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What are the consequences for assault and battery for a child 14 or under

Melrose, MA |

my friend got into a fight with some kid and i pulled the kid off of my friend and the kid turned around and hit me in the face so i used self defense and hit him back apparently i injured the kid pretty bad and now i am being charged for assault and battery

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Attorney answers 3


I am sorry you are in this position. I strongly suggest that you speak with an attorney as the potential consquences vary depending on a variety of other factors.


You have to be convicted of the crime before any sentence can be imposed. If, for the sake of argument, we assume that you get convicted, then the maximum sentence that the court can impose on a juvenile delinquency matter is a commitment to the Department of Youth Services (DYS) to age 18.

A DYS Commitment does NOT mean that you will be locked up at DYS from the date of your conviction until you are 18. A juvenile committed to DYS can expect to spend some time physically confined to a DYS facility (in your case, a conviction for misdemeanor A&B carries a program time of 3-5 months, plus the initial 30 day assessment period), after which time that juvenile is returned home on a Grant of Conditional Liberty (GCL). Think of a GCL like being out on parole. While out on a GCL, the juvenile is still under the control and supervision of DYS. He will have a case worker whom he reports to, much like a parole officer. If the juvenile violates his GCL, by committing a new crime or breaking some condition of the GCL like drug use or curfew violations or not meeting with his case worker, DYS can revoke the GCL and hold the juvenile in custody. Exactly how long depends on the nature of the violation.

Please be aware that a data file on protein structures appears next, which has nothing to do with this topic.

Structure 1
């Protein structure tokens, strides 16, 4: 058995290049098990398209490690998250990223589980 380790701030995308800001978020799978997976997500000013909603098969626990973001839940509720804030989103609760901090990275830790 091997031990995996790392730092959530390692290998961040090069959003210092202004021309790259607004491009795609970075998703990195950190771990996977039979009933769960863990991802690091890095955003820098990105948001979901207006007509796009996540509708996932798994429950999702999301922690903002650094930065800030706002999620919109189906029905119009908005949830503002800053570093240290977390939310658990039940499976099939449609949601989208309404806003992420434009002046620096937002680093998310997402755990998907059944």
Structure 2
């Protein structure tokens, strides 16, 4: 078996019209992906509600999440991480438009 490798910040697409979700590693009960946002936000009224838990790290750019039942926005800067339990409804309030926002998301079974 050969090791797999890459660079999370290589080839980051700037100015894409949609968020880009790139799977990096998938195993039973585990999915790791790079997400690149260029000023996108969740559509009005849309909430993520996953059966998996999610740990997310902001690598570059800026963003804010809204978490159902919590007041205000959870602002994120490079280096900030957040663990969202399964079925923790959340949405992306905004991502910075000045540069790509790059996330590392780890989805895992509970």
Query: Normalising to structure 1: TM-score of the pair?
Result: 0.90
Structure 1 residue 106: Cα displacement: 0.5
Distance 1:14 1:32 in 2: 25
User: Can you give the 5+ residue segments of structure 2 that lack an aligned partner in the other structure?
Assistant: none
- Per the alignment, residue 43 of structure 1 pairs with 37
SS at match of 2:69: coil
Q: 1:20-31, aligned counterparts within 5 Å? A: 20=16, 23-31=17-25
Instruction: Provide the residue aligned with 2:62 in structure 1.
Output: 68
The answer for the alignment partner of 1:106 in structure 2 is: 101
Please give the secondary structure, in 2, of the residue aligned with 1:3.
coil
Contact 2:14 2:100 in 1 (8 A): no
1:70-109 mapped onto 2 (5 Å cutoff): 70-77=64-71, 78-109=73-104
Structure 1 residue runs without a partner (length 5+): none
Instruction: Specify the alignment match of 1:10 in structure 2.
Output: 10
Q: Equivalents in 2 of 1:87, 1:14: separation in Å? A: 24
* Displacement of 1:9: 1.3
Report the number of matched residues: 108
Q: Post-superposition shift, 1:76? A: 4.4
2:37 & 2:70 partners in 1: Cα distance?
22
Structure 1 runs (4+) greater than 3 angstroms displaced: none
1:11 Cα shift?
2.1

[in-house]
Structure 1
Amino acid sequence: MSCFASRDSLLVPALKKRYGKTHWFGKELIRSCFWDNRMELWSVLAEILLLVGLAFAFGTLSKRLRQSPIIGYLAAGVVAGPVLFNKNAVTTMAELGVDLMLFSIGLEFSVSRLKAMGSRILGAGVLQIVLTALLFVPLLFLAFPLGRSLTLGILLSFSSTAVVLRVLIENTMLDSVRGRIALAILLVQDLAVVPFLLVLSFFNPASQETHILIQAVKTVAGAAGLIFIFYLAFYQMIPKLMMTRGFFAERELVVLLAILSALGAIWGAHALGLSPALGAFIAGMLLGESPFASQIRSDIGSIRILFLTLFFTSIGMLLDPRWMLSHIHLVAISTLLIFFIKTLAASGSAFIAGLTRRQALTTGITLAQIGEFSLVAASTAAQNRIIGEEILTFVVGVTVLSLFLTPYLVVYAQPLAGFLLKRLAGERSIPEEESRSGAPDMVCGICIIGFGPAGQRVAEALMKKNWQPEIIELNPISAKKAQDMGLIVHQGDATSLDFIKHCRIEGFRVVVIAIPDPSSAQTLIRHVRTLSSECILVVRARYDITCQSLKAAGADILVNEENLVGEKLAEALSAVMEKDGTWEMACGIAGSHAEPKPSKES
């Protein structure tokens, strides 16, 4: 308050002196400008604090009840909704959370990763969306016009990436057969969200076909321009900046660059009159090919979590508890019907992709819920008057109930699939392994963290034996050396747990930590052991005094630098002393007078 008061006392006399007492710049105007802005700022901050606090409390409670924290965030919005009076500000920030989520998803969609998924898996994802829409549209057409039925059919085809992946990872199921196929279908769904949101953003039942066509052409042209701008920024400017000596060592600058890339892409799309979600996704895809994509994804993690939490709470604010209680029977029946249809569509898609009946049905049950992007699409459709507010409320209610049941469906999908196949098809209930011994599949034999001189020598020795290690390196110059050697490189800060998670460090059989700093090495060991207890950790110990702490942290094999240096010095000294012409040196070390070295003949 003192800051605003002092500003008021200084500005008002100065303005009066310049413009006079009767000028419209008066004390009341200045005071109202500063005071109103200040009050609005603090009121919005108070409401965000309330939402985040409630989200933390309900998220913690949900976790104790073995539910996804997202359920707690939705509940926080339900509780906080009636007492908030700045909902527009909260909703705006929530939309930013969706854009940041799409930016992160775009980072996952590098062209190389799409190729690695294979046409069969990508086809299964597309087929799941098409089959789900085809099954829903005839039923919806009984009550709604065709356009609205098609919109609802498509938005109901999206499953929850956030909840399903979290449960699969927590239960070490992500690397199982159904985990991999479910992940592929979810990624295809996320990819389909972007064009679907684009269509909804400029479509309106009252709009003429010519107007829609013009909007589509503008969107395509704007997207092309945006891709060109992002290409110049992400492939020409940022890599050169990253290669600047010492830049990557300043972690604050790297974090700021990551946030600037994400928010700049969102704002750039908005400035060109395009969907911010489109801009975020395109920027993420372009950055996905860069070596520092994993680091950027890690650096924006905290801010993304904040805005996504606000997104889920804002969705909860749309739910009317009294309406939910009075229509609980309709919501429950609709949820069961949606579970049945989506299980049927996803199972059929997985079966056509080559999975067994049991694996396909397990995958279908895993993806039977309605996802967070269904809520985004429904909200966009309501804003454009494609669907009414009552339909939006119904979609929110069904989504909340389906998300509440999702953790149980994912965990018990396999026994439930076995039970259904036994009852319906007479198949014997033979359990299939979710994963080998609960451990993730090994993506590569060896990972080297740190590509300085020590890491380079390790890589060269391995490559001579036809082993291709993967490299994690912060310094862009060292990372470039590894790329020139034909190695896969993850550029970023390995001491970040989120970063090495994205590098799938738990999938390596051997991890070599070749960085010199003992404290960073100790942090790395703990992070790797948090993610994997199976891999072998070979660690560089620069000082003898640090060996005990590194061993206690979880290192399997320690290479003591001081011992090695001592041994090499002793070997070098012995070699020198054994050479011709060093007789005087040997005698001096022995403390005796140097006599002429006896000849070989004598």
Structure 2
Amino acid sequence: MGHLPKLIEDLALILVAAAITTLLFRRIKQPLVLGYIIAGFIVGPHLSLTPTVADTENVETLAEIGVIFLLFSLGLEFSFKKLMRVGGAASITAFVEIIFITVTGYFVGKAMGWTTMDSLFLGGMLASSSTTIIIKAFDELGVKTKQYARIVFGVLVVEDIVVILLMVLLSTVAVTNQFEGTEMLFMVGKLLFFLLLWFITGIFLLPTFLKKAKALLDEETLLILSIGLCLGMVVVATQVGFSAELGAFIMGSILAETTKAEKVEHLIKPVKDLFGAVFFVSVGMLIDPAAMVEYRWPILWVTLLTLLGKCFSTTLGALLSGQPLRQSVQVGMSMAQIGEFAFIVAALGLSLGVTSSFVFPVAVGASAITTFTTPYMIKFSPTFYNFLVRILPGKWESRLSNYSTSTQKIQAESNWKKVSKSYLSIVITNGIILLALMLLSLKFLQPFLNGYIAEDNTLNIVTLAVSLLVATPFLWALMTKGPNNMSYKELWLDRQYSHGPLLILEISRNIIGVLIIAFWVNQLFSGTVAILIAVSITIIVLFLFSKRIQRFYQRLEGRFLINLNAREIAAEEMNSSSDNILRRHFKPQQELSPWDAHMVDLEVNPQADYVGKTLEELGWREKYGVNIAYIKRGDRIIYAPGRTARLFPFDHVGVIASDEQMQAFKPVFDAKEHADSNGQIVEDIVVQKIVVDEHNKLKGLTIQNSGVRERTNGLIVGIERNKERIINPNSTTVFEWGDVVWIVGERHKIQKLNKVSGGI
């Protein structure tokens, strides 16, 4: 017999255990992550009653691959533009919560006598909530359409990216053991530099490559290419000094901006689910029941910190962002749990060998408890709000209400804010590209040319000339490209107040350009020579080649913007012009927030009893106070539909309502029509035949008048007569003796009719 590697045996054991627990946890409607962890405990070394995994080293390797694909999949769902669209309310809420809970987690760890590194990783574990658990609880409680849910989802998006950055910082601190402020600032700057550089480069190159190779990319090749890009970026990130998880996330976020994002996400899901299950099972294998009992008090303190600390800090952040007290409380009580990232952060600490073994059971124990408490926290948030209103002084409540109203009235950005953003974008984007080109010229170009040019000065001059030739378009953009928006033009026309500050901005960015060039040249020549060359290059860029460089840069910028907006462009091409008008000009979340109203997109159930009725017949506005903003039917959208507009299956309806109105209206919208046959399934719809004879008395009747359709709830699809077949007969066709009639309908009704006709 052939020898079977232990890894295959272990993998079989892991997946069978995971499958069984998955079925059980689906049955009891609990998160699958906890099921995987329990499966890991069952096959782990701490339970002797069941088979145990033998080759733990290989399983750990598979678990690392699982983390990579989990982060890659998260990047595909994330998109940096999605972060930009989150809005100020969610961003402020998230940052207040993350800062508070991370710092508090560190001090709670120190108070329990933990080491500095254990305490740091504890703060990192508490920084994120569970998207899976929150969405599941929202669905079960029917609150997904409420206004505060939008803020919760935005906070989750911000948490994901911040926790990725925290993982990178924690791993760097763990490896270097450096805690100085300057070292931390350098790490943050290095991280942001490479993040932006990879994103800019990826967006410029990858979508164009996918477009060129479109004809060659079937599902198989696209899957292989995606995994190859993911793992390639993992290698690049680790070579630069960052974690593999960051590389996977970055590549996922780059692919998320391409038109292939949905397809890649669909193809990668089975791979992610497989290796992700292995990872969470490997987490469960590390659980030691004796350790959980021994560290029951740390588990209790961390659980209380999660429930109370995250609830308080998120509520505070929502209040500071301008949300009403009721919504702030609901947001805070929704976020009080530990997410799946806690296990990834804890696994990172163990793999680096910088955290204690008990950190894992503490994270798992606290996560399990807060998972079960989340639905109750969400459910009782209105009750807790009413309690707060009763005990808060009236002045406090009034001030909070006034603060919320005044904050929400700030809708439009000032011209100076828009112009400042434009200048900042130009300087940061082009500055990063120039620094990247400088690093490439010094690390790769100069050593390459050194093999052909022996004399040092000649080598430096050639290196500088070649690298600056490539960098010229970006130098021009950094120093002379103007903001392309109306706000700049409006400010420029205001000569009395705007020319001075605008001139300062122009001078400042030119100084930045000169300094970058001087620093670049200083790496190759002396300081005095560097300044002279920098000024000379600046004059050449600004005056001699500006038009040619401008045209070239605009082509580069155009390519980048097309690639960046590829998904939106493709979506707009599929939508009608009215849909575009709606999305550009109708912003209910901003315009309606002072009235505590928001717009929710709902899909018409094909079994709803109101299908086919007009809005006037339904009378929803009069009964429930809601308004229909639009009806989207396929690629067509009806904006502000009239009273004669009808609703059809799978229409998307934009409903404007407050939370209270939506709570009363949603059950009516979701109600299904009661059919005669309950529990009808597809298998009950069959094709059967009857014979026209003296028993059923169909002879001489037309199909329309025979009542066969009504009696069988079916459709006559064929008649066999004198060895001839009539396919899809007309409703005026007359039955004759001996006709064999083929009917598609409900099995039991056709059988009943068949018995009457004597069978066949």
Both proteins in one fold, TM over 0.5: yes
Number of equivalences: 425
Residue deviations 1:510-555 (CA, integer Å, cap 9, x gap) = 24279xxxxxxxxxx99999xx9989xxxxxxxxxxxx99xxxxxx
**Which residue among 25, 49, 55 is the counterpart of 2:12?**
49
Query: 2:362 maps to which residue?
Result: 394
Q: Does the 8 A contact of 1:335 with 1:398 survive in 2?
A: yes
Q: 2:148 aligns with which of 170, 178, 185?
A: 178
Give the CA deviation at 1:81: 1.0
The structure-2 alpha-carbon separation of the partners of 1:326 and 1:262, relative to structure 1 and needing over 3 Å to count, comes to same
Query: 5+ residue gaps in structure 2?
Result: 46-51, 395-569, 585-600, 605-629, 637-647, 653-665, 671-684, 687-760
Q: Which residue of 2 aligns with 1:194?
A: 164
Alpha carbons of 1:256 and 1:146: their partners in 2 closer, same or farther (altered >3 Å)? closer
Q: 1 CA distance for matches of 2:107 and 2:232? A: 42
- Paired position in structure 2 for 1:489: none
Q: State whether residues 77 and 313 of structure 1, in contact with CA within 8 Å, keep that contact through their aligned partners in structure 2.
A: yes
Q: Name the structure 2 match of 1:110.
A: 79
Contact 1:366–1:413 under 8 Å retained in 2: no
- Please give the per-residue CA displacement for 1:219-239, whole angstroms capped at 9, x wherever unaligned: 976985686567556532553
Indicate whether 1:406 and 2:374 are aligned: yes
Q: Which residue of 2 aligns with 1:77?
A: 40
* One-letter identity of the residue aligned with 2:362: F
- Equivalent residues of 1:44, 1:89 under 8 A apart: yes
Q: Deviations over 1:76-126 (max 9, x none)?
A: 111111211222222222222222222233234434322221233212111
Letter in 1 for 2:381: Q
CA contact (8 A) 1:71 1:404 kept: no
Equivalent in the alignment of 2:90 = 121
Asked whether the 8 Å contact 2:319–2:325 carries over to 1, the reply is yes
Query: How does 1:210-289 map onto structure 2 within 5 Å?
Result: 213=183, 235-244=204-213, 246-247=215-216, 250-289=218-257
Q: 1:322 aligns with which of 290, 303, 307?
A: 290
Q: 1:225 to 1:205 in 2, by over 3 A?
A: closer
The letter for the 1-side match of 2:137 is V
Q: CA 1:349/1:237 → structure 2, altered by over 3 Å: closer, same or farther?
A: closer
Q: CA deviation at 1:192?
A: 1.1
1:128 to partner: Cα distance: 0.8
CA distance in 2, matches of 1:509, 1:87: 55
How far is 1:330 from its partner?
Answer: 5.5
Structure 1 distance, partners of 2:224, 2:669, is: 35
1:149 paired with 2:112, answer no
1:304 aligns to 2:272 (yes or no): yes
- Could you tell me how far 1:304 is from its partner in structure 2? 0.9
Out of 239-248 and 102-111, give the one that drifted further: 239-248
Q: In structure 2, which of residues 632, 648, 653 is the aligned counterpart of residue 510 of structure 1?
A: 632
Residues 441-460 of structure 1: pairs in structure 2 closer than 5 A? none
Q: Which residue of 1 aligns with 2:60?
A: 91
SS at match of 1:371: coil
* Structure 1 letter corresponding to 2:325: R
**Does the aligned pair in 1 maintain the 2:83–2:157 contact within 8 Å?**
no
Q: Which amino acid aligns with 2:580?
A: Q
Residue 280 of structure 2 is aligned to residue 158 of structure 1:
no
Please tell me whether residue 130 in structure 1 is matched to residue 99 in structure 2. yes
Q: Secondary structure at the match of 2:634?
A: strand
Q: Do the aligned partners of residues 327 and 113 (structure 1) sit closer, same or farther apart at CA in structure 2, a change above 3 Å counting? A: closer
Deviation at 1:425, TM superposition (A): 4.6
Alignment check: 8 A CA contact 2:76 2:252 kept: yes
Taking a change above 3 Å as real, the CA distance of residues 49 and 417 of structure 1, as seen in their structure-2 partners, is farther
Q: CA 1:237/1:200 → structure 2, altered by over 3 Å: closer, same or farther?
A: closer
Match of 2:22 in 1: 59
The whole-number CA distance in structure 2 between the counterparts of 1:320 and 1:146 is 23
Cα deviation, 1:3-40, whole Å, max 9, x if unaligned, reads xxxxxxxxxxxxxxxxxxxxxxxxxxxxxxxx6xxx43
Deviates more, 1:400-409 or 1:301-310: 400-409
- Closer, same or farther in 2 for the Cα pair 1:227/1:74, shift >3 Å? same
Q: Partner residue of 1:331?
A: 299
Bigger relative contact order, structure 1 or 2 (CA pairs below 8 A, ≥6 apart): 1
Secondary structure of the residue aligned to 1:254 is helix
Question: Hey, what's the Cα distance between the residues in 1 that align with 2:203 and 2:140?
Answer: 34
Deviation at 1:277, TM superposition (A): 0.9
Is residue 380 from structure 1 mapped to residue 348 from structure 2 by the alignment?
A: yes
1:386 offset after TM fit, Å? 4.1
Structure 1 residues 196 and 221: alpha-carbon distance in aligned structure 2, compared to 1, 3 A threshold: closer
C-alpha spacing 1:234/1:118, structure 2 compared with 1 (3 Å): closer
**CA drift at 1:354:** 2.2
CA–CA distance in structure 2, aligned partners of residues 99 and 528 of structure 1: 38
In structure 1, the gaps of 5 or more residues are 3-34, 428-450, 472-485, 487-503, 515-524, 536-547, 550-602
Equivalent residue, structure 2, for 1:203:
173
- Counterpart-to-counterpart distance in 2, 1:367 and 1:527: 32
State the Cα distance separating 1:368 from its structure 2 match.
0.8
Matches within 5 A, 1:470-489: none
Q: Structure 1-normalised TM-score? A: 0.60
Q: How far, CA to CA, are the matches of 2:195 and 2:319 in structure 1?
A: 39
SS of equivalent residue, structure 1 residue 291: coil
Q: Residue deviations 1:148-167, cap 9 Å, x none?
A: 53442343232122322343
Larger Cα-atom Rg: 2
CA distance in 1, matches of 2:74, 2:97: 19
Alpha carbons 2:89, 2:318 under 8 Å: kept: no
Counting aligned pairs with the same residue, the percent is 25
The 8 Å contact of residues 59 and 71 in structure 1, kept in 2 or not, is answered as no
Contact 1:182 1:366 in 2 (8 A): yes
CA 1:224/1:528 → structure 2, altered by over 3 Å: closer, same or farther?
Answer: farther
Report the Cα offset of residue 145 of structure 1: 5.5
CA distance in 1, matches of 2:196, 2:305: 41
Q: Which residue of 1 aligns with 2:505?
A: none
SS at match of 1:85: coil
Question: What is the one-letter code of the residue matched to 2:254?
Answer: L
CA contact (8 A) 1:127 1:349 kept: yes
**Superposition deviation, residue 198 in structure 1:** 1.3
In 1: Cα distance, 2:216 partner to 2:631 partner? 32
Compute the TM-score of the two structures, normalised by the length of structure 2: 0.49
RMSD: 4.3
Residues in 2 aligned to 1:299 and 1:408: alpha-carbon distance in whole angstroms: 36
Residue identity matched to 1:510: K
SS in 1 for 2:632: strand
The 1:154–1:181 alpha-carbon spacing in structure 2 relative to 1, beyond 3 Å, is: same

The self-defense/defense of another defense does not allow you to use more force than is necessary to stave off the threat. For example, if someone is trying to punch you, you cannot shoot him and then run him over with your car. If the alleged victim suffered severe injury as a result of your actions, the argument will be made that you exceeded the bounds of defense of another by using too much force.

Keep in mind also that the alleged victim may exercise his 5th amendment right against self-incrimination (stemming from his fighting with the other party) and refuse to testify. If there are no other witnesses, then your chances of prevailing at trial increase significantly.

That being said, you are facing a serious charge and should not try to handle this yourself without a lawyer.

Best of luck,


If you are the one under 14, you will go to juvenile court for this offense to be charged. It is unlikely that you will be facing any time in a detention center IF your story is accurate and IF you don't have a juvenile record. If this is not your first time being arrested, you may have more obstacles. No matter what, you will need to be represented by an attorney, and if your family cannot afford one, the court will appoint one to represent you. The most important thing for you to do is to stay out of trouble and away from the person you hit.

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